Regardless of whether you’re a trout or a bass.

Test post in shiny new MT4, with help from They Might Be Giants

Regular readers may note that ScienceBlogs.com has been off the air for the installation and upgrade of our blogging platform, MovableType. So while I finally learned how to use the old one after being here two-and-a-half years, I am now starting over. Hence, this first post being completely devoid of content.
However, I wish to honor my first two commenters with the new interface: a spammer from Istanbul (not Constantinople).
So without further delay, some music to mark this occasion:

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Sometimes “allies” need a kick in the pants

We had one of our most active comment threads the other day when I posted my thoughts on drdrA’s own superb post about what is most important to her in being a woman in science. I noted my own desire to listen to and understand as completely as possible the issues of my women colleagues and discuss, in an upcoming ScienceOnline’09 session with Zuska and Alice Pawley (Sat 17 Jan, 11:30 am, session C), how they can enlist academic allies who have the traditional power and resource structure (i.e., white guys like me) to establish partnerships in working toward fair and equitable treatment of women in the STEM disciplines.
Much discussion ensued, particularly as pointed out by a commenter named Spaulding, that Zuska’s rightfully pissed off tone in many of her blogposts is alienating to some of the men she seeks as allies. I and others argued that potential allies must first put aside one’s defensiveness and listen to the content and reasons for the anger. I am learning this in several other aspects of my professional life from other groups who have been traditionally screwed over.
Well, I am truly blessed with some wonderful and thoughtful readers and the following note came in from a woman scientist whom I respect greatly. Everyone involved in last Tuesday’s discussion (and all men in science) should read this. It is truly outstanding:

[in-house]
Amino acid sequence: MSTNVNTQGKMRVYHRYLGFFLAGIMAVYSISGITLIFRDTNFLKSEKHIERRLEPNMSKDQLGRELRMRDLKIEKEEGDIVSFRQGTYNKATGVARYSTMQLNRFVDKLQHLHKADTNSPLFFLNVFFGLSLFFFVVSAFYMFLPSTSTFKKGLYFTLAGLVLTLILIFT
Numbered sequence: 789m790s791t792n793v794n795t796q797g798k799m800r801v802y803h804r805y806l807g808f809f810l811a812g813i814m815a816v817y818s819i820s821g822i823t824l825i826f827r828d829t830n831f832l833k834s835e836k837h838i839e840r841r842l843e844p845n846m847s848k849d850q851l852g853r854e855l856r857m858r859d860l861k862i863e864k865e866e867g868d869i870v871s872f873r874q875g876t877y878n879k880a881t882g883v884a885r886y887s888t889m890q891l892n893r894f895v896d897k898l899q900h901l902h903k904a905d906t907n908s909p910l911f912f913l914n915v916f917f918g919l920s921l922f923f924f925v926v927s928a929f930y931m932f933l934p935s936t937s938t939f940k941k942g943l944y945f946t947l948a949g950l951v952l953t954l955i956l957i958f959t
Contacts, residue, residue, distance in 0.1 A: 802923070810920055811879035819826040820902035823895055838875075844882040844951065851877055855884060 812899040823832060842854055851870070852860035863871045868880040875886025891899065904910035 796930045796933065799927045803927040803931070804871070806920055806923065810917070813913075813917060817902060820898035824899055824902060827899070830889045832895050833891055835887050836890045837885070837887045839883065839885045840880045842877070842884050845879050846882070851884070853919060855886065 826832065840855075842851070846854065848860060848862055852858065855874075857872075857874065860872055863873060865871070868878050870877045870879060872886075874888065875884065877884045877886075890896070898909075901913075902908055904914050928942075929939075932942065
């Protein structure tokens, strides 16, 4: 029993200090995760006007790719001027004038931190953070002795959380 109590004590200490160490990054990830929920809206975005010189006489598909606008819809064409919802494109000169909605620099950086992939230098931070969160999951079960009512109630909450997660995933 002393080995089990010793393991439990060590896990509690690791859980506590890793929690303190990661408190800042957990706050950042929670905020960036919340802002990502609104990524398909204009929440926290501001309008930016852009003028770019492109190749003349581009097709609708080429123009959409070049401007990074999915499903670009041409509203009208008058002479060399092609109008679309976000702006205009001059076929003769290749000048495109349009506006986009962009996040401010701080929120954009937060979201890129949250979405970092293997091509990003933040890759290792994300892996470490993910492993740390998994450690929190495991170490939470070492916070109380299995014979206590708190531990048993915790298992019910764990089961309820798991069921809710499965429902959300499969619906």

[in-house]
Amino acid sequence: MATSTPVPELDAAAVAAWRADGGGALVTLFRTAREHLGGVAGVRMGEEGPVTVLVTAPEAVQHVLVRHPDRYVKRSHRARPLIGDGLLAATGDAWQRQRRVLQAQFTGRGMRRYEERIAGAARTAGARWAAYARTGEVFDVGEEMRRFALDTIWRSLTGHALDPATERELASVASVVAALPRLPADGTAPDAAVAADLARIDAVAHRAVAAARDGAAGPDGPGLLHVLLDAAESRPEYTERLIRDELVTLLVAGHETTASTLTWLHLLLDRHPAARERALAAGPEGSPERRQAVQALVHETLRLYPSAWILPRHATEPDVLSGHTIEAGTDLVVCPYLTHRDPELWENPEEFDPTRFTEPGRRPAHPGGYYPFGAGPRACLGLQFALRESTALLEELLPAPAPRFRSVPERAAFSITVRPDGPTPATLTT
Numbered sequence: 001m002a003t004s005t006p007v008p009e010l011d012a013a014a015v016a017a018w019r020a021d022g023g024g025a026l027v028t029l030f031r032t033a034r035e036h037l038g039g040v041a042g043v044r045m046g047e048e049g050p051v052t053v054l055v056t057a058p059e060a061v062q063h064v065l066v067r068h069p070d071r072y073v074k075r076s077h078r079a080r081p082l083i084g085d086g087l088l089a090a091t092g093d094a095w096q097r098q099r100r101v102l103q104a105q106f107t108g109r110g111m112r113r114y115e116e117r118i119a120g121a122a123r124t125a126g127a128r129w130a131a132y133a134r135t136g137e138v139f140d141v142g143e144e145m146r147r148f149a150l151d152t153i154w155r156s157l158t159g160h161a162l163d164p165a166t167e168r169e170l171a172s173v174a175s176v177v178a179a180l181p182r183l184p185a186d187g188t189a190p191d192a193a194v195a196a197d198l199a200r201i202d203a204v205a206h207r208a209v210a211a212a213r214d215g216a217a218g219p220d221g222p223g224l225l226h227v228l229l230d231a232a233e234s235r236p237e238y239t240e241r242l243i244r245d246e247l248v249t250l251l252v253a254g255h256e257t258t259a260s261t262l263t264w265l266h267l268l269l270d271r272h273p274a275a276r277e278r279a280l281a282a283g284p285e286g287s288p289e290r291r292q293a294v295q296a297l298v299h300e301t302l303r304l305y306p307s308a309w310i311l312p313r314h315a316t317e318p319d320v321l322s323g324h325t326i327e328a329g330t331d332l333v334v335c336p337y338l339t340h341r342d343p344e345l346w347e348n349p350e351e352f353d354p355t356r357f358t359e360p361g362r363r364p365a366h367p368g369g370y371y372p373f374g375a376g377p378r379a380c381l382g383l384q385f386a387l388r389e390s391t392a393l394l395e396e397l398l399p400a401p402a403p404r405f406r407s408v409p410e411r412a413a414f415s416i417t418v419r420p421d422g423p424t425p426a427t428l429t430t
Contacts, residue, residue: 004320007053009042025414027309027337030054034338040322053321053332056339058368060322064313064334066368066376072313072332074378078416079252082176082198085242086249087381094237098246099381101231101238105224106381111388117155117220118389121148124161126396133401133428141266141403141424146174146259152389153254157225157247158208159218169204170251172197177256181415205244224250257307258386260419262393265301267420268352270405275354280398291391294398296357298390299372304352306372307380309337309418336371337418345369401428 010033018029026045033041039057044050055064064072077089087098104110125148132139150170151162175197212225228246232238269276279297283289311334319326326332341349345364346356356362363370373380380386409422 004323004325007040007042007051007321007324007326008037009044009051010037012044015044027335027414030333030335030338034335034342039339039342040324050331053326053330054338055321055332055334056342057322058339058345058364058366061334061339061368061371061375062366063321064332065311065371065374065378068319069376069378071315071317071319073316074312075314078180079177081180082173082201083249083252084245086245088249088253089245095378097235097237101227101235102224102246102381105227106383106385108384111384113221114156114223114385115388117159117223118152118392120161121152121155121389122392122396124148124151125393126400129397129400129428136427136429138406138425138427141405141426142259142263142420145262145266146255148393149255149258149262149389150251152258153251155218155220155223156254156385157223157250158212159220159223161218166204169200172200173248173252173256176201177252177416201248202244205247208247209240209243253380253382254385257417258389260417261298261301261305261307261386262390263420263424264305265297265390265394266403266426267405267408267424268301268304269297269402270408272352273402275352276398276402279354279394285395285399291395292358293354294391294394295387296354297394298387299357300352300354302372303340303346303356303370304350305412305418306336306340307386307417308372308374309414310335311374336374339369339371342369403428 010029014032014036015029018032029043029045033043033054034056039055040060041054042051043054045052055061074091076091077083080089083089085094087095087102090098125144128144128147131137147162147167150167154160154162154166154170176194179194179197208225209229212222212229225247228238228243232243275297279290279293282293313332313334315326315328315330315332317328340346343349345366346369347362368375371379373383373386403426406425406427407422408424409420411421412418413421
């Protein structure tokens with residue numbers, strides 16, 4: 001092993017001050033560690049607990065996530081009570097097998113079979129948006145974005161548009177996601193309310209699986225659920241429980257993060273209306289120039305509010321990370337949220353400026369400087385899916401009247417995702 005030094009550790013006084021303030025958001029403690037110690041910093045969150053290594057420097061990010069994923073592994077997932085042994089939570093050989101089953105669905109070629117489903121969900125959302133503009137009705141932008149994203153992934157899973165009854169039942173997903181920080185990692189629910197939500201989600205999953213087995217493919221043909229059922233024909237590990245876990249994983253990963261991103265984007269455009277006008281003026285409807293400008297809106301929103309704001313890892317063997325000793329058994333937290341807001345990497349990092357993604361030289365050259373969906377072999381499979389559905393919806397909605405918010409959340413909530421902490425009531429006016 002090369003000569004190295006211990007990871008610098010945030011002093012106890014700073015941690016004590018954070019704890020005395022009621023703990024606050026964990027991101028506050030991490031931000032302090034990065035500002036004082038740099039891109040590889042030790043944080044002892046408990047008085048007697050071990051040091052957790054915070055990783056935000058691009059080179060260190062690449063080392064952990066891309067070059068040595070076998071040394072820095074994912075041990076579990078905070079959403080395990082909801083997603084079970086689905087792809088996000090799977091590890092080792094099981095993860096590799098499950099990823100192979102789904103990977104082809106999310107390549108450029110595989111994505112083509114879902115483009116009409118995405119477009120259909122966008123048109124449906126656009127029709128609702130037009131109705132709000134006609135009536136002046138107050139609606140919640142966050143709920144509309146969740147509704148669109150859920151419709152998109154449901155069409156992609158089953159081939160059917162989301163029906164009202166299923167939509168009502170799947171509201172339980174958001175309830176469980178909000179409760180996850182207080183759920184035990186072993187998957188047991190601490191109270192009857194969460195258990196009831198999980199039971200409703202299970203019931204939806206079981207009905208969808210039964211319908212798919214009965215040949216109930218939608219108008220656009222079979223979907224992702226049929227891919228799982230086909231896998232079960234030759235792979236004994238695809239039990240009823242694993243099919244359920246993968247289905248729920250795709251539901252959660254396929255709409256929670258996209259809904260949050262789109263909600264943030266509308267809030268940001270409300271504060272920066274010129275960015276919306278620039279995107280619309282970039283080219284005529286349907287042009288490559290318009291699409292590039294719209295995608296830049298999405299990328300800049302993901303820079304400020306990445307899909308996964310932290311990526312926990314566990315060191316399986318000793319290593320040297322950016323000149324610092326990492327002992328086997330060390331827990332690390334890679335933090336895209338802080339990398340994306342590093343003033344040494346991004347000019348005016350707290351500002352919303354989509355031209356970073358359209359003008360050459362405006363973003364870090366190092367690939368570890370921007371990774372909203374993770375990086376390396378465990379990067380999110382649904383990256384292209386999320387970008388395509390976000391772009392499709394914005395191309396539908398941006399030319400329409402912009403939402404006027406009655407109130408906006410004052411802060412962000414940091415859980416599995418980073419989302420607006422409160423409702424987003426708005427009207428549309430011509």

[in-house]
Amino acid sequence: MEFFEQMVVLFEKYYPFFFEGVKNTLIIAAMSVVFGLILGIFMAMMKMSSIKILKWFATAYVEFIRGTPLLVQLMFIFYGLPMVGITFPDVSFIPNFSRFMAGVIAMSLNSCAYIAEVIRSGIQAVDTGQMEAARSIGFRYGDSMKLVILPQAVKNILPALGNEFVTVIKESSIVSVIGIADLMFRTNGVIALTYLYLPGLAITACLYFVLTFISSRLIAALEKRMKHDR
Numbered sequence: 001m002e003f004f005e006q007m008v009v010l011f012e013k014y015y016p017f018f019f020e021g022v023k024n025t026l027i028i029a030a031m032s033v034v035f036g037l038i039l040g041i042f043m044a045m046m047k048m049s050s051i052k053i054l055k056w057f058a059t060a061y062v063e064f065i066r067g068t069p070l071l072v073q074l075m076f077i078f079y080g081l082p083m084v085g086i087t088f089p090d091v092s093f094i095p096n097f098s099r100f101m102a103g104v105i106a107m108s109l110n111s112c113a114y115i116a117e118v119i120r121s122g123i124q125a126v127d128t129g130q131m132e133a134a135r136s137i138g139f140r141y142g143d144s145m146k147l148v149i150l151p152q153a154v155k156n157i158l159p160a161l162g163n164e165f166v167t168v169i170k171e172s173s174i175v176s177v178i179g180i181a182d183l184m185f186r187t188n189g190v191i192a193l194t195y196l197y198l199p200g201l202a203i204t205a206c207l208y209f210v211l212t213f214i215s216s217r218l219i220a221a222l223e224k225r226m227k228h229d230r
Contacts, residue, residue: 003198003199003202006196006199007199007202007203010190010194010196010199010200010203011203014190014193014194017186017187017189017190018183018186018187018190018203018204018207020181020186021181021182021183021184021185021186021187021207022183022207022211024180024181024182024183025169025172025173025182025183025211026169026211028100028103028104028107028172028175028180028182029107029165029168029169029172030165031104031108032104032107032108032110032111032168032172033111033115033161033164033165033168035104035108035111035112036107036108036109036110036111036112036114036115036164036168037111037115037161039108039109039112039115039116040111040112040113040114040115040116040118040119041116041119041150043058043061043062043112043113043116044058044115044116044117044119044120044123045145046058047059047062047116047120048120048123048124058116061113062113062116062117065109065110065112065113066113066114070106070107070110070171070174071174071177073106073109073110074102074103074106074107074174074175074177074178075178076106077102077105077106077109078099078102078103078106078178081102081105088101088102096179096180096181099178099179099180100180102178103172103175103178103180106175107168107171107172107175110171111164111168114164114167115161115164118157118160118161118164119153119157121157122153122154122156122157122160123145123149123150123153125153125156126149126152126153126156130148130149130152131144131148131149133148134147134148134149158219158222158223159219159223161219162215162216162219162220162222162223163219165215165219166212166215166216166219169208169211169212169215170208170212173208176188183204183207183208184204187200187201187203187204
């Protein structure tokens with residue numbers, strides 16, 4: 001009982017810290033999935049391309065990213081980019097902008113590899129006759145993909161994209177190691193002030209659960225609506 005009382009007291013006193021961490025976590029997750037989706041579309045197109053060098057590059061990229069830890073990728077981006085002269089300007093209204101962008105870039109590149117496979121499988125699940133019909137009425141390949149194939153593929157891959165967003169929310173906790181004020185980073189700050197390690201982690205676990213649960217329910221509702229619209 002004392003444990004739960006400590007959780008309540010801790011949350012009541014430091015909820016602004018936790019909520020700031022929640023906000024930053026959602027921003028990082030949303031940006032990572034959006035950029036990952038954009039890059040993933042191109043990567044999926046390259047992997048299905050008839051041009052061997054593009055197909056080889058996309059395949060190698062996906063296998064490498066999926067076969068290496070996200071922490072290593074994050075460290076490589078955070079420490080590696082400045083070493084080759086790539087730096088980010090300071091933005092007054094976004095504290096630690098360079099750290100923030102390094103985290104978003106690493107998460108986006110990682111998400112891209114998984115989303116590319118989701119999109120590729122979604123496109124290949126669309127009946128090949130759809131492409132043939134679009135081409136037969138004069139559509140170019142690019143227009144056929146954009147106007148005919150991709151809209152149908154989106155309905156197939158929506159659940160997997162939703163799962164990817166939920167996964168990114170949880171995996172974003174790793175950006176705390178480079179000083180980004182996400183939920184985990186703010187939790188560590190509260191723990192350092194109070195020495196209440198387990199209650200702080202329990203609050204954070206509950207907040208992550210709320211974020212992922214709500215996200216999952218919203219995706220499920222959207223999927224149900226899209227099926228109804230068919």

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Why we donate to DonorsChoose projects

I’ve been a bit too quiet on my end during this third year of ScienceBlogs.com participation in the October Blogger Challenges for DonorsChoose.org. DonorsChoose.org was launched by Charles Best, a Bronx schoolteacher who recognized that public schools around the US were underfunded, particularly in districts with a high abundance of poverty:

Charles Best leads DonorsChoose.org, a simple way to fulfill needs and foster innovation in public schools. At this not-for-profit web site, teachers submit proposals for materials or experiences that their students need to learn. Any individual can search project proposals by areas of interest, learn about classroom needs, and choose to fund the project she/he finds most compelling.
Recognition of DonorsChoose.org includes the Nonprofit Innovation Award given by Stanford Business School and Amazon.com, a Global Technology Laureate from the TECH Museum of Innovation and Microsoft, the 2006 Social Capitalist Award and selection by Ashoka. National media such as Oprah Winfrey and The New York Times have profiled DonorsChoose as “the future of philanthropy.”

I’ve really got to thank San Jose State University Prof Janet Stemwedel for bringing DonorsChoose to our attention back in June 2006. She has corralled a good number of us bloggers to appeal to you, dear readers, every year to pick from amongst the projects we have each selected in our own individual challenges. We at Terra Sig have been incredibly fortunate as our donor-to-pageview ratio has been among the highest at this blog collaborative, attesting to your incredible generosity, especially that of a couple of tremendously thoughtful and supportive philanthropist-readers.

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DonorsChoose: you can donate $1.5 million without spending a penny

As I alluded to in the previous post, many science bloggers like us are currently running challenges to readers to donate to projects at DonorsChoose.org.
This great organization has been a sponsoring clearinghouse for all kinds of educational projects proposed by US public schoolteachers, many of which are very basic activities for which public funds are not available, then donors like you and I get to choose to whom we wish to send a few doubloons.
Independently of the ScienceBlogs drive, I just learned that American Express has selected DonorsChoose as five finalists who are competing for a $1.5 million donation from them. All you need to do is vote for DonorsChoose; you don’t even need to be an American Express cardmember – here’s the message I received: